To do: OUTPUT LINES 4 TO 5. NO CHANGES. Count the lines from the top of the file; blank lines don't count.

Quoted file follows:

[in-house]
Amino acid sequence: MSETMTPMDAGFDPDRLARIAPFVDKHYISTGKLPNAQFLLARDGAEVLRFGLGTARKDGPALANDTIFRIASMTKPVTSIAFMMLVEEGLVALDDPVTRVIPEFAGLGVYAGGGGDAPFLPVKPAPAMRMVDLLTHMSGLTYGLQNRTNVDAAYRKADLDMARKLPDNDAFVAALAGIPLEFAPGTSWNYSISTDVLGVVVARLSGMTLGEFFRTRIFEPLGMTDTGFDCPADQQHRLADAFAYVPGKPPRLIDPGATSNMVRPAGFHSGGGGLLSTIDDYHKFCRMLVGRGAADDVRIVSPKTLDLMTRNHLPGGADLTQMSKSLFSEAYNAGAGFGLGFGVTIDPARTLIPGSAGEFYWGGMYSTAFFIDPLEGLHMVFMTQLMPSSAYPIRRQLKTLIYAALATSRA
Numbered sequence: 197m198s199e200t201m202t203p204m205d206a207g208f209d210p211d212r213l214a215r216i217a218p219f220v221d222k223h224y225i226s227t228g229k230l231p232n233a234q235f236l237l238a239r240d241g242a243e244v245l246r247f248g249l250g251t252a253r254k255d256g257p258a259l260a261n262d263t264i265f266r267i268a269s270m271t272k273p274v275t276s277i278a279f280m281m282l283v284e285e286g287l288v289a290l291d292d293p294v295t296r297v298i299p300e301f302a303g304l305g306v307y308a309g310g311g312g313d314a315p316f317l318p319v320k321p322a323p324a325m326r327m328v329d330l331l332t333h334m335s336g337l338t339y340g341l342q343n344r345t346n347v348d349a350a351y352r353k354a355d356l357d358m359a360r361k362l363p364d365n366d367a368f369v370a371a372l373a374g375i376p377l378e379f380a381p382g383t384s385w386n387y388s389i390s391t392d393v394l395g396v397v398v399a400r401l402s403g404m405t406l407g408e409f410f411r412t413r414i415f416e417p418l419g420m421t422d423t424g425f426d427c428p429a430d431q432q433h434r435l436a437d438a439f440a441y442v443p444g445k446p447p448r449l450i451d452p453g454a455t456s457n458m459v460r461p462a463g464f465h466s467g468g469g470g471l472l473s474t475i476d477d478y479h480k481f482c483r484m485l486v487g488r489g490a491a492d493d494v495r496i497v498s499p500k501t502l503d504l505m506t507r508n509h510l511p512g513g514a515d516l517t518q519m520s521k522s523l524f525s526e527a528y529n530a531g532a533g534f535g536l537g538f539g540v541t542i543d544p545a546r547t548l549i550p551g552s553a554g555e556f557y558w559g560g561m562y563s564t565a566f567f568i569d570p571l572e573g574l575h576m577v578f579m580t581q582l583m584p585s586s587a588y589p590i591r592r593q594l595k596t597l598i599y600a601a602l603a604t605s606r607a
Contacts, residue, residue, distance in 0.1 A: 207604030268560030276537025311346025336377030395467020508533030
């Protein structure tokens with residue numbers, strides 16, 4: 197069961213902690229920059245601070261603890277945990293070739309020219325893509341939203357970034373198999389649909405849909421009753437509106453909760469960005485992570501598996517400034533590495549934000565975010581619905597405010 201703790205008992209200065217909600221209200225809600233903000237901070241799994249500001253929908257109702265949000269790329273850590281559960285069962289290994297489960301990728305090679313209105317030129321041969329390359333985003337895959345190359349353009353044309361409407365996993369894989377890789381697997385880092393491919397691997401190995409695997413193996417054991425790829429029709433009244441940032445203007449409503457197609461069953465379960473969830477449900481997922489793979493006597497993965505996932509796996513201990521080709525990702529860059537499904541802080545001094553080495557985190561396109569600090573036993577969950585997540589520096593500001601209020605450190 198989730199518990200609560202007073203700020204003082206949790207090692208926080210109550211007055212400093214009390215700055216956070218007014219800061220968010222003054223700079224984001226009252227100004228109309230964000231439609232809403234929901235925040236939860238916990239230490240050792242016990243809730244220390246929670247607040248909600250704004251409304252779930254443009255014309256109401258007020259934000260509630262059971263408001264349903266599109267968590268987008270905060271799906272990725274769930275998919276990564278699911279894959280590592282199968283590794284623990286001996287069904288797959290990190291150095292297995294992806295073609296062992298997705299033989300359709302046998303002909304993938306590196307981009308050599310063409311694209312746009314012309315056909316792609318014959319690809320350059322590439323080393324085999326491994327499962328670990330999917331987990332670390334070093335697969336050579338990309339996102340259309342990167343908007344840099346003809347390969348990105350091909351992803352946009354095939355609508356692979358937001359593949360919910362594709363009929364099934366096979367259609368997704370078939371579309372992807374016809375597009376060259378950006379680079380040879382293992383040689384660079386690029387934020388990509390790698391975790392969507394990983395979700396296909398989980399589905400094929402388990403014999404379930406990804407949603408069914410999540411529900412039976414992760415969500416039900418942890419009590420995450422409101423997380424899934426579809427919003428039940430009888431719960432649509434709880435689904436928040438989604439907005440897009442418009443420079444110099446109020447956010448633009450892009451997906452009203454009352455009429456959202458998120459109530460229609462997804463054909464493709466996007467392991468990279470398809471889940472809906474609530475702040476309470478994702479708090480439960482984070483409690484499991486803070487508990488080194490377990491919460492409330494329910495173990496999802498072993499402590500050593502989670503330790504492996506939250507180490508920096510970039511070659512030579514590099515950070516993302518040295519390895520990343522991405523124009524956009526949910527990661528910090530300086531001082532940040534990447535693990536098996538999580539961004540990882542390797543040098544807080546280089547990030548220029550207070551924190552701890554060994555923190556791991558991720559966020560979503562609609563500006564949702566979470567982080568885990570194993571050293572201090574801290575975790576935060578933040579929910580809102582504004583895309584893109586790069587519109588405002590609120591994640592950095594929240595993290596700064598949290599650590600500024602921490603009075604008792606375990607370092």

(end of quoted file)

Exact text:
Contacts, residue, residue, distance in 0.1 A: 207604030268560030276537025311346025336377030395467020508533030
């Protein structure tokens with residue numbers, strides 16, 4: 197069961213902690229920059245601070261603890277945990293070739309020219325893509341939203357970034373198999389649909405849909421009753437509106453909760469960005485992570501598996517400034533590495549934000565975010581619905597405010 201703790205008992209200065217909600221209200225809600233903000237901070241799994249500001253929908257109702265949000269790329273850590281559960285069962289290994297489960301990728305090679313209105317030129321041969329390359333985003337895959345190359349353009353044309361409407365996993369894989377890789381697997385880092393491919397691997401190995409695997413193996417054991425790829429029709433009244441940032445203007449409503457197609461069953465379960473969830477449900481997922489793979493006597497993965505996932509796996513201990521080709525990702529860059537499904541802080545001094553080495557985190561396109569600090573036993577969950585997540589520096593500001601209020605450190 198989730199518990200609560202007073203700020204003082206949790207090692208926080210109550211007055212400093214009390215700055216956070218007014219800061220968010222003054223700079224984001226009252227100004228109309230964000231439609232809403234929901235925040236939860238916990239230490240050792242016990243809730244220390246929670247607040248909600250704004251409304252779930254443009255014309256109401258007020259934000260509630262059971263408001264349903266599109267968590268987008270905060271799906272990725274769930275998919276990564278699911279894959280590592282199968283590794284623990286001996287069904288797959290990190291150095292297995294992806295073609296062992298997705299033989300359709302046998303002909304993938306590196307981009308050599310063409311694209312746009314012309315056909316792609318014959319690809320350059322590439323080393324085999326491994327499962328670990330999917331987990332670390334070093335697969336050579338990309339996102340259309342990167343908007344840099346003809347390969348990105350091909351992803352946009354095939355609508356692979358937001359593949360919910362594709363009929364099934366096979367259609368997704370078939371579309372992807374016809375597009376060259378950006379680079380040879382293992383040689384660079386690029387934020388990509390790698391975790392969507394990983395979700396296909398989980399589905400094929402388990403014999404379930406990804407949603408069914410999540411529900412039976414992760415969500416039900418942890419009590420995450422409101423997380424899934426579809427919003428039940430009888431719960432649509434709880435689904436928040438989604439907005440897009442418009443420079444110099446109020447956010448633009450892009451997906452009203454009352455009429456959202458998120459109530460229609462997804463054909464493709466996007467392991468990279470398809471889940472809906474609530475702040476309470478994702479708090480439960482984070483409690484499991486803070487508990488080194490377990491919460492409330494329910495173990496999802498072993499402590500050593502989670503330790504492996506939250507180490508920096510970039511070659512030579514590099515950070516993302518040295519390895520990343522991405523124009524956009526949910527990661528910090530300086531001082532940040534990447535693990536098996538999580539961004540990882542390797543040098544807080546280089547990030548220029550207070551924190552701890554060994555923190556791991558991720559966020560979503562609609563500006564949702566979470567982080568885990570194993571050293572201090574801290575975790576935060578933040579929910580809102582504004583895309584893109586790069587519109588405002590609120591994640592950095594929240595993290596700064598949290599650590600500024602921490603009075604008792606375990607370092």